Reach: Today.com is online site for NBC's Today Show.

Related coverage:
WebMD, SCAD: The Heart Attack That's Striking Young Women Context

Contact: Traci Klein

 

CNN
Former athlete helps truckers get healthy
by Alex Smith

On a chilly winter morning, dozens of truck driver trainees file into a classroom at the headquarters of Prime Inc., a trucking company based in Springfield, Mo. At the front is Siphiwe Baleka, an energetic former swimming champion in his mid-40s…The relatively small lifestyle changesCNN Logo that Baleka promotes could be enough to make a life-changing difference in the health of many truck drivers, says Dr. Clayton Cowl, chief of preventive, occupational and aerospace medicine at the Mayo Clinic in Rochester, Minn. "The drivers themselves -- they don't need to be running marathons, necessarily," Cowl says. "It's finding those times when there is some downtime, where they are able to find several days per week to do activities that they enjoy and find ways to reduce stress."

Reach: Cable News Network (CNN) is a worldwide news and information network providing live, continuous coverage of news from around the globe, 24 hours a day. CNN online received more than 55 million unique visitors to its website each month.

Previous coverage in January 27, 2017 Mayo Clinic in the News Weekly Highlights

Context:  Clayton Cowl, M.D. heads Mayo Clinic's preventive, occupational and aerospace medicine. The division consists of 22 physicians who have specialty training in internal medicine or family practice and a team of trained occupational health nurses. Several of our physicians are board-certified in preventive, occupational and/or aerospace medicine. Mayo Clinic's integrated group practice model makes consultation with any other medical specialists readily available.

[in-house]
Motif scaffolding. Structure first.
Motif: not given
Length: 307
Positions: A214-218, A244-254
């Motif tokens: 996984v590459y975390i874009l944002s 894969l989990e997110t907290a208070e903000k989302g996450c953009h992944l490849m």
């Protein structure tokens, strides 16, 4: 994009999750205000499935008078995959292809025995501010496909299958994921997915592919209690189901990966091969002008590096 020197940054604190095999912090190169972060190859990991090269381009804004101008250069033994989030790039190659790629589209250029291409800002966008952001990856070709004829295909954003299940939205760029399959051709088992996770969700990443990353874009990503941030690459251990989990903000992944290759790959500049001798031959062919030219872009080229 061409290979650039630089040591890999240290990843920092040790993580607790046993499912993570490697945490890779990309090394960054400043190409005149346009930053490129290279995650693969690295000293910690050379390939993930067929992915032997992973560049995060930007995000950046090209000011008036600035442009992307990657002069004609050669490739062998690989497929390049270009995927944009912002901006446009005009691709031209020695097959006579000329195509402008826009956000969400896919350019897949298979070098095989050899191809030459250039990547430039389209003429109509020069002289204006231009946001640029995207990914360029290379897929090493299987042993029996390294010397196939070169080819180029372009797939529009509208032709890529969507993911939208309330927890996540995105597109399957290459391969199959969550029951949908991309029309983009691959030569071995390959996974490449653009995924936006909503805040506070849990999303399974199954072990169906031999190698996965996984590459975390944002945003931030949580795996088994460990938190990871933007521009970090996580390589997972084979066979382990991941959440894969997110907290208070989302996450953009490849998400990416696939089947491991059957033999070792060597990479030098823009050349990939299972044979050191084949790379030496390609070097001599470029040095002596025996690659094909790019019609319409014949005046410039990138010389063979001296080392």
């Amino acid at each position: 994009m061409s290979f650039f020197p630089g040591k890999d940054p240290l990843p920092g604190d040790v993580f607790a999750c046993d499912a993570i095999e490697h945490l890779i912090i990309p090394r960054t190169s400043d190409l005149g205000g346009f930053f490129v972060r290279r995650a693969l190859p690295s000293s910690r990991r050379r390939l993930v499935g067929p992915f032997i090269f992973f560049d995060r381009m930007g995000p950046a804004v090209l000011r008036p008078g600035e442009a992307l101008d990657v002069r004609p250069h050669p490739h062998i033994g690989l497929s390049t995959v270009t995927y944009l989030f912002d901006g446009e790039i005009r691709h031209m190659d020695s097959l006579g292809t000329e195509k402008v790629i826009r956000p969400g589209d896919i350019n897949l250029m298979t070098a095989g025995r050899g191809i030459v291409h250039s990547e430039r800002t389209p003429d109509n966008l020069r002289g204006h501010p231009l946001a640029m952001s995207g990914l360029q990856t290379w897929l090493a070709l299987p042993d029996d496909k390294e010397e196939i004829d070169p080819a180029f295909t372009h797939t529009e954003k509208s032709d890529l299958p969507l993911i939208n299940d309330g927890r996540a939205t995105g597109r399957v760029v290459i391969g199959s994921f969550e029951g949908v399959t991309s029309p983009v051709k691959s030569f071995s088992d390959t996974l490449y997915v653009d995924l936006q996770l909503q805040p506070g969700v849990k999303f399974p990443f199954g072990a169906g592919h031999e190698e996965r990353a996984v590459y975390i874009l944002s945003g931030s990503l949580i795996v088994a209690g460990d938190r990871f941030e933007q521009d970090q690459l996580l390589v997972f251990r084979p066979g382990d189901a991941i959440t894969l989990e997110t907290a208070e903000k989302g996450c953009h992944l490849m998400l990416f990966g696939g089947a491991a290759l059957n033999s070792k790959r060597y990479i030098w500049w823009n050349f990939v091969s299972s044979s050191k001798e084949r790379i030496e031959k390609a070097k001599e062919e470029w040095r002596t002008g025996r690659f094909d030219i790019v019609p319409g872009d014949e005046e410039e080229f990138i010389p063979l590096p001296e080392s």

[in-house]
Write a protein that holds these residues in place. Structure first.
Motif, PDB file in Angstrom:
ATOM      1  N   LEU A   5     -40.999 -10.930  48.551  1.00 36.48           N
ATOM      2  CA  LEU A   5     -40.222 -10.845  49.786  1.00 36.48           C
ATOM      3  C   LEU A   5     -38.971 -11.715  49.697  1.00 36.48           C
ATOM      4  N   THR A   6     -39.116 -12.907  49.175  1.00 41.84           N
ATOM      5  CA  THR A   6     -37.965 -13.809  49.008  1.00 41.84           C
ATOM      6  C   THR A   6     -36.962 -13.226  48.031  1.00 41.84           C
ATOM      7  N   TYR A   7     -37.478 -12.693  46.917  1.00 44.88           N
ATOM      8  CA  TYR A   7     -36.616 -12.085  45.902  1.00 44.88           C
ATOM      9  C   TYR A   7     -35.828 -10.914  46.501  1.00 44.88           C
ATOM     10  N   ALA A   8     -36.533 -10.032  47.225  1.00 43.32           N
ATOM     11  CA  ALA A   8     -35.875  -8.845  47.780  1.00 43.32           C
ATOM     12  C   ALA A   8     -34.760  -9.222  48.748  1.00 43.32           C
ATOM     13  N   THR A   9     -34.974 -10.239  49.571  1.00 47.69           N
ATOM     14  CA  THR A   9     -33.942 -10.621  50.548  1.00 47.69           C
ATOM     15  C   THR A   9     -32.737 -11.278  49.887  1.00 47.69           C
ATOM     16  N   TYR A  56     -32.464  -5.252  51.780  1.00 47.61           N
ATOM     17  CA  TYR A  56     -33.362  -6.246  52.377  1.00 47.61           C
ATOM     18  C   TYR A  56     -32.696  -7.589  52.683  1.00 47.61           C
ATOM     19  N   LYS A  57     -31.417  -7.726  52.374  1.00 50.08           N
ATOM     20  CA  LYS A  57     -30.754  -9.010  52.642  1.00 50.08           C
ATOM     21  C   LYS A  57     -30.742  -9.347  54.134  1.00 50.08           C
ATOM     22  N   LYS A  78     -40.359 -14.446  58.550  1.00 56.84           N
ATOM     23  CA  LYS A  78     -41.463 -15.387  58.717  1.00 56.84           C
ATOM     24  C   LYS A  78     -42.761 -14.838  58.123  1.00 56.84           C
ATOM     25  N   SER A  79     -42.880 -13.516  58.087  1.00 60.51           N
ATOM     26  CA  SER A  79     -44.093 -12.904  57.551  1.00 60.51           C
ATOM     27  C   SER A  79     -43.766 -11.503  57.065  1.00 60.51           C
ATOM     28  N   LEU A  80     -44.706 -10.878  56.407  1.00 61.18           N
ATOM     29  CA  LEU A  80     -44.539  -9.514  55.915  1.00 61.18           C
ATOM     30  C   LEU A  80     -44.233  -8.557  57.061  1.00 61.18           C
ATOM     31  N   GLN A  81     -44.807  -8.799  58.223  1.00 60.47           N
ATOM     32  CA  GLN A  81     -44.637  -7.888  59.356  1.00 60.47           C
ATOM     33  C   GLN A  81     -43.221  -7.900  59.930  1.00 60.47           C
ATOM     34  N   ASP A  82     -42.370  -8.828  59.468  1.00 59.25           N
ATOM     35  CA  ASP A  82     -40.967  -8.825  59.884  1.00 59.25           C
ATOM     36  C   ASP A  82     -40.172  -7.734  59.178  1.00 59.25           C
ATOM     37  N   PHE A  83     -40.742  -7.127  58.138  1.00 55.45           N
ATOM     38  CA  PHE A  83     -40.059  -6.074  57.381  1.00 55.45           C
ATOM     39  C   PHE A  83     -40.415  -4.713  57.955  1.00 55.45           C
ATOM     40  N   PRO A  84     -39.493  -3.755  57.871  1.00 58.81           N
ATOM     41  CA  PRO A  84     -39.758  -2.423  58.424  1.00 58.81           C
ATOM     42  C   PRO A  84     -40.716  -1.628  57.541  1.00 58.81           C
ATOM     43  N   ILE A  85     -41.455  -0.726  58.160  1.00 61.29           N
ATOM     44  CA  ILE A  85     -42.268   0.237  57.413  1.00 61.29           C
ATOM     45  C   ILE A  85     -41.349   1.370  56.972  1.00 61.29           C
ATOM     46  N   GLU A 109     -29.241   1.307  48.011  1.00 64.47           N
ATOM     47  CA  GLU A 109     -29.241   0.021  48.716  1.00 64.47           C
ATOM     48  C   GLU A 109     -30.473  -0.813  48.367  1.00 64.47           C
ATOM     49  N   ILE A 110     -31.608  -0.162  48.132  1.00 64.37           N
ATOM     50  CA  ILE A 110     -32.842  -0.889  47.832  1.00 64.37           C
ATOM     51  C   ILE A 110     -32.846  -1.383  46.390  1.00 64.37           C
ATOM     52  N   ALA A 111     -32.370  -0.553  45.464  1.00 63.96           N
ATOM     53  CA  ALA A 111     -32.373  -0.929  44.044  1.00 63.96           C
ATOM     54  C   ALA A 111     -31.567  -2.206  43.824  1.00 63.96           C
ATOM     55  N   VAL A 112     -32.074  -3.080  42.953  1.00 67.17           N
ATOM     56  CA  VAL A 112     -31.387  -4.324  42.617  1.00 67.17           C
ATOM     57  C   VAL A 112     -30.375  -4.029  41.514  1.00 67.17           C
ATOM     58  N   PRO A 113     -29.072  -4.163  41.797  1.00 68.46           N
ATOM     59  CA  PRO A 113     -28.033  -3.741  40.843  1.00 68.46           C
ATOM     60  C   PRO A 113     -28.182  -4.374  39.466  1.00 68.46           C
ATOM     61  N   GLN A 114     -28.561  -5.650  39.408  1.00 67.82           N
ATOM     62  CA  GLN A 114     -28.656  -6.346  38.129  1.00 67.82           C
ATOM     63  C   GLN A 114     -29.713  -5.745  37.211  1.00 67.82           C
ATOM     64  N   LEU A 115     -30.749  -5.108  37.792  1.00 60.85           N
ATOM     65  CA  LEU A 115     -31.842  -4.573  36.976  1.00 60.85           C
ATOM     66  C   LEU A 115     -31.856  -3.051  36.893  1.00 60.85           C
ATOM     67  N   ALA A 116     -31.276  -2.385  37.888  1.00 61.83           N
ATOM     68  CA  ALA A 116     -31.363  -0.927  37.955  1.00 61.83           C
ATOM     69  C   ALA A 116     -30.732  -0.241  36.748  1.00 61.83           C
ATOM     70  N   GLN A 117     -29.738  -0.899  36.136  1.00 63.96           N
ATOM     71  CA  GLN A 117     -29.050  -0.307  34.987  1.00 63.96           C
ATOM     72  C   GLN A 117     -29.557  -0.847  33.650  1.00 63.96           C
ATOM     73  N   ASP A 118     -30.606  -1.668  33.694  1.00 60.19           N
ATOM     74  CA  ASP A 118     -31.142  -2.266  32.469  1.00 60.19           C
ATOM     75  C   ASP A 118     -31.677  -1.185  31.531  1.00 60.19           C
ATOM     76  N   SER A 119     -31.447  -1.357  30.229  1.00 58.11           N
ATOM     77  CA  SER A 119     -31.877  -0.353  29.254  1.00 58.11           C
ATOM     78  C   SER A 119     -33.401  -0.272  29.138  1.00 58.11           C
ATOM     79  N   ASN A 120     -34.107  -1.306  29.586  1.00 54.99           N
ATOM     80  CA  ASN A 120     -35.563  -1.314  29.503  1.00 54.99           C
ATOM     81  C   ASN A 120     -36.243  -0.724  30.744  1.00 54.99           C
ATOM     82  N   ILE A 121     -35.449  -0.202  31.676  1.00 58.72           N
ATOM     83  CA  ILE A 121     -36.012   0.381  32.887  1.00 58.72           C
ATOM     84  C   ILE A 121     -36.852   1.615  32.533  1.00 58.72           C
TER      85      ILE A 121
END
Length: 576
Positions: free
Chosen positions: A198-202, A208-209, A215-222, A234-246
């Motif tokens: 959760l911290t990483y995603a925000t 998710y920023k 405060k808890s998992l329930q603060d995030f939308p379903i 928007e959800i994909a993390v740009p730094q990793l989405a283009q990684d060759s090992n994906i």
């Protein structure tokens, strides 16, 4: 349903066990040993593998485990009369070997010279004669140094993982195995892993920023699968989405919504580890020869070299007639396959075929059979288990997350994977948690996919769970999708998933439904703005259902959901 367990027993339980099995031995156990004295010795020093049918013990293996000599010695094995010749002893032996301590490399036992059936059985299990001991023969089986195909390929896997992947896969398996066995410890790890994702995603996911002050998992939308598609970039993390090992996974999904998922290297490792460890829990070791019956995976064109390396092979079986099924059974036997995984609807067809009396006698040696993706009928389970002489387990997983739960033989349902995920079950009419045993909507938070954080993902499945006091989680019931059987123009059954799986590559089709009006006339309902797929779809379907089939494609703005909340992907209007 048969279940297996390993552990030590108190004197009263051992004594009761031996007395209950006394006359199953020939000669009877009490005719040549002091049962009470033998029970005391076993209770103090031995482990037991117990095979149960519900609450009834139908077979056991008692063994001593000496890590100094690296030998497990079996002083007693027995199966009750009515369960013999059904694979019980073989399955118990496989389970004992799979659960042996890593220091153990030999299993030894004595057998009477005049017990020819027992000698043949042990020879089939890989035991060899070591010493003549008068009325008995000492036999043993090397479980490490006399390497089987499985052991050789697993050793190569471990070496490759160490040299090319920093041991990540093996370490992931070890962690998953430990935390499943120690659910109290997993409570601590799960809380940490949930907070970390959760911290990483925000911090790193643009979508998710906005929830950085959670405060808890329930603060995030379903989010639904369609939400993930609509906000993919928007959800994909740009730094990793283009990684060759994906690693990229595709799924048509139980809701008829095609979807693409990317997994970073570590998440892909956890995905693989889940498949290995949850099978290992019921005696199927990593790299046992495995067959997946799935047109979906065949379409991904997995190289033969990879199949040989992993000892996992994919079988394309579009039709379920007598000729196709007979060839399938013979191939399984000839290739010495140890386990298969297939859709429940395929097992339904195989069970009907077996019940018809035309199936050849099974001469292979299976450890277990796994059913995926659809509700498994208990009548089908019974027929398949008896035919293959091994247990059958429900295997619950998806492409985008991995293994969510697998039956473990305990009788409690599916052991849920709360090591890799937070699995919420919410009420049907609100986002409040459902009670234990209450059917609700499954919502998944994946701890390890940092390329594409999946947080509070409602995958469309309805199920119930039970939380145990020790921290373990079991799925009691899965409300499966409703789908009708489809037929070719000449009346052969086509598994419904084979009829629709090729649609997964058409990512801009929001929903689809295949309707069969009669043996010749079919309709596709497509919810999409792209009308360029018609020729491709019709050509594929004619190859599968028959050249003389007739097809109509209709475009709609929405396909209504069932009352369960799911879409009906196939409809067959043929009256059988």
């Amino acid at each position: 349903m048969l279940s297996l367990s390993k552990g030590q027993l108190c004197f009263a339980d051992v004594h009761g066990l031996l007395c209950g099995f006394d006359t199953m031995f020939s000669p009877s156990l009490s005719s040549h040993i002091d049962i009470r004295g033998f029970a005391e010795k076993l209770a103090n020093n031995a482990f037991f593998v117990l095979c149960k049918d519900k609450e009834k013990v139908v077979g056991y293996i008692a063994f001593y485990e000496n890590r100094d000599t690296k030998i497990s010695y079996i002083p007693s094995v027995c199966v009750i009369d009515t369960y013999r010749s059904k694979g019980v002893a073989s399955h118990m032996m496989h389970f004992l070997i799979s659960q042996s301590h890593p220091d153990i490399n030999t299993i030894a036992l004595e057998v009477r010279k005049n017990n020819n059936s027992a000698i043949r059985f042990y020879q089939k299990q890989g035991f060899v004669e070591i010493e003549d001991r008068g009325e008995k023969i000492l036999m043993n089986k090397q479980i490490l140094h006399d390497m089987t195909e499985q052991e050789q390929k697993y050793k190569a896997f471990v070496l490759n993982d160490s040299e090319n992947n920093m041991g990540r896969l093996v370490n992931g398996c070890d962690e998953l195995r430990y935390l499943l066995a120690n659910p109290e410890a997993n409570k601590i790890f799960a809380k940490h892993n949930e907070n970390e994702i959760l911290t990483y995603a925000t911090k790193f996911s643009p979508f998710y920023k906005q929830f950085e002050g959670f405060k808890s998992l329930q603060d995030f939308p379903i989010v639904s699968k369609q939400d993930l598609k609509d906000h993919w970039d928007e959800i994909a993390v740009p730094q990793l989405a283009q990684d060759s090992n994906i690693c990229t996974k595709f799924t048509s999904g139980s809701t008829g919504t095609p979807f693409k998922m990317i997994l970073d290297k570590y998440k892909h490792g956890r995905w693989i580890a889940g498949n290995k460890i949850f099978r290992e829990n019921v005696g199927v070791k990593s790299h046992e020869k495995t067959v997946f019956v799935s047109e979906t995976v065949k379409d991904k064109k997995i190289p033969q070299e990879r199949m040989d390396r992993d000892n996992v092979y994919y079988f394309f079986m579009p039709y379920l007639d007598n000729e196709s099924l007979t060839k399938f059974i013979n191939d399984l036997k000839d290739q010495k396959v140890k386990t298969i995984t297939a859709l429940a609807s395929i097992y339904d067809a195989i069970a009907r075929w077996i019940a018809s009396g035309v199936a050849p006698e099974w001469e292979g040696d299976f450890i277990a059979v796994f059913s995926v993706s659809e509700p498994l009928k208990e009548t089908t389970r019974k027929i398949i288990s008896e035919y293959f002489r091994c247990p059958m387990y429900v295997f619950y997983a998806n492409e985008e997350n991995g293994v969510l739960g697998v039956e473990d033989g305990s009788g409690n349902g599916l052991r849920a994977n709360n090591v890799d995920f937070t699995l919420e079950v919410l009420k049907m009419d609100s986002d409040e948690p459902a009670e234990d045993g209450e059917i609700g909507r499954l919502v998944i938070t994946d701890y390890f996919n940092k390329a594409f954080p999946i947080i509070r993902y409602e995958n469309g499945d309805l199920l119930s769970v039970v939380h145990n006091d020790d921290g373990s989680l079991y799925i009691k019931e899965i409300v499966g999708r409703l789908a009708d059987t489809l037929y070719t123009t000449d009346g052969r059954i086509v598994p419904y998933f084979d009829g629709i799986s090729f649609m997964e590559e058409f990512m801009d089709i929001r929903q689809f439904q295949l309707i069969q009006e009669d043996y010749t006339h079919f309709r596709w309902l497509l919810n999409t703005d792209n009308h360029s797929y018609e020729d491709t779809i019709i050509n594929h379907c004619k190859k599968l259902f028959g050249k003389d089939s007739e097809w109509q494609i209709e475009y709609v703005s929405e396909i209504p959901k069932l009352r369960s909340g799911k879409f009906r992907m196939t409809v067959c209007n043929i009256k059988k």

Contact:  Kelly Reller

Read the rest of this entry »

View full entry

Tags: ACA, alzheimers, Angie Murad, Associated Press, Atlanta Journal-Constitution, Barron News-Shield, brain cancer, brain health, BuzzFeed, CBS News, Chicago Tribune, Chippewa Herald


December 23rd, 2016

Mayo Clinic in the News Weekly Highlights

By Karl W Oestreich KarlWOestreich

Mayo Clinic in the News is a weekly highlights summary of major media coverage. If you would like to be added to the weekly distribution list, send a note to Emily Blahnik with this subject line: SUBSCRIBE to Mayo Clinic in the News. This will be our last edition of 2016.  Look for us again on January 6, 2017. Thank you and happy holidays.

Editor, Karl Oestreich;  Assistant Editor: Emily Blahnik

 

Los Angeles Times
A senior-friendly workout to improve movement and prevent injury

Jogging outdoors, running on a treadmill or lifting weights at the gym aren’t always practical — or enjoyable — activities for everyone. However, one type of exercise works for everyone, no matter your age or ability, because it relies on improving practical movements often involved inLogo for Los Angeles Times newspaper everyday activities. “Natural movement is universal, and it’s about bringing movement back to the basics,” says Bradly Prigge, wellness exercise specialist with the Mayo Clinic’s Healthy Living Program. “It’s not about following the latest fitness craze or learning the newest secret to weight loss. Natural movement is about connecting with your body and cultivating an awareness of your full abilities.”

Reach:  The Los Angeles Times has a daily readership of 1.9 million and 2.9 million on Sunday, more than 8 million unique latimes.com visitors monthly and a combined print and online local weekly audience of 4.5 million. The Pulitzer Prize-winning Times has been covering Southern California for more than 128 years.